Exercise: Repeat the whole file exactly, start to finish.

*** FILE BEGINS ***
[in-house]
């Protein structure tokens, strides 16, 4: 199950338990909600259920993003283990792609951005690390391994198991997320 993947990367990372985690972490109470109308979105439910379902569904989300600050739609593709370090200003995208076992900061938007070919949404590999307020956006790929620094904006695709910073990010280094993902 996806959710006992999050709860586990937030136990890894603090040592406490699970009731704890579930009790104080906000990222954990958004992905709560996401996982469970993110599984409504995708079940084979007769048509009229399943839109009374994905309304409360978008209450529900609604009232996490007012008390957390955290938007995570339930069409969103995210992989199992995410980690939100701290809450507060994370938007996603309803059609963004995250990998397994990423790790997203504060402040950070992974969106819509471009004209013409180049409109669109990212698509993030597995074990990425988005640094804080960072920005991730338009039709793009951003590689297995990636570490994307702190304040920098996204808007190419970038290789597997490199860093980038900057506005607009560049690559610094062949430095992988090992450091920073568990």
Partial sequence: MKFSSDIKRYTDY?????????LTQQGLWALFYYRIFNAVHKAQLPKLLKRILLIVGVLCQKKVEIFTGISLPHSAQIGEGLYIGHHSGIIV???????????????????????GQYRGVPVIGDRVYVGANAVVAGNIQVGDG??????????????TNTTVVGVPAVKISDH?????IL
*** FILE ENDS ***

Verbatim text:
[in-house]
């Protein structure tokens, strides 16, 4: 199950338990909600259920993003283990792609951005690390391994198991997320 993947990367990372985690972490109470109308979105439910379902569904989300600050739609593709370090200003995208076992900061938007070919949404590999307020956006790929620094904006695709910073990010280094993902 996806959710006992999050709860586990937030136990890894603090040592406490699970009731704890579930009790104080906000990222954990958004992905709560996401996982469970993110599984409504995708079940084979007769048509009229399943839109009374994905309304409360978008209450529900609604009232996490007012008390957390955290938007995570339930069409969103995210992989199992995410980690939100701290809450507060994370938007996603309803059609963004995250990998397994990423790790997203504060402040950070992974969106819509471009004209013409180049409109669109990212698509993030597995074990990425988005640094804080960072920005991730338009039709793009951003590689297995990636570490994307702190304040920098996204808007190419970038290789597997490199860093980038900057506005607009560049690559610094062949430095992988090992450091920073568990």
Partial sequence: MKFSSDIKRYTDY?????????LTQQGLWALFYYRIFNAVHKAQLPKLLKRILLIVGVLCQKKVEIFTGISLPHSAQIGEGLYIGHHSGIIV???????????????????????GQYRGVPVIGDRVYVGANAVVAGNIQVGDG??????????????TNTTVVGVPAVKISDH?????IL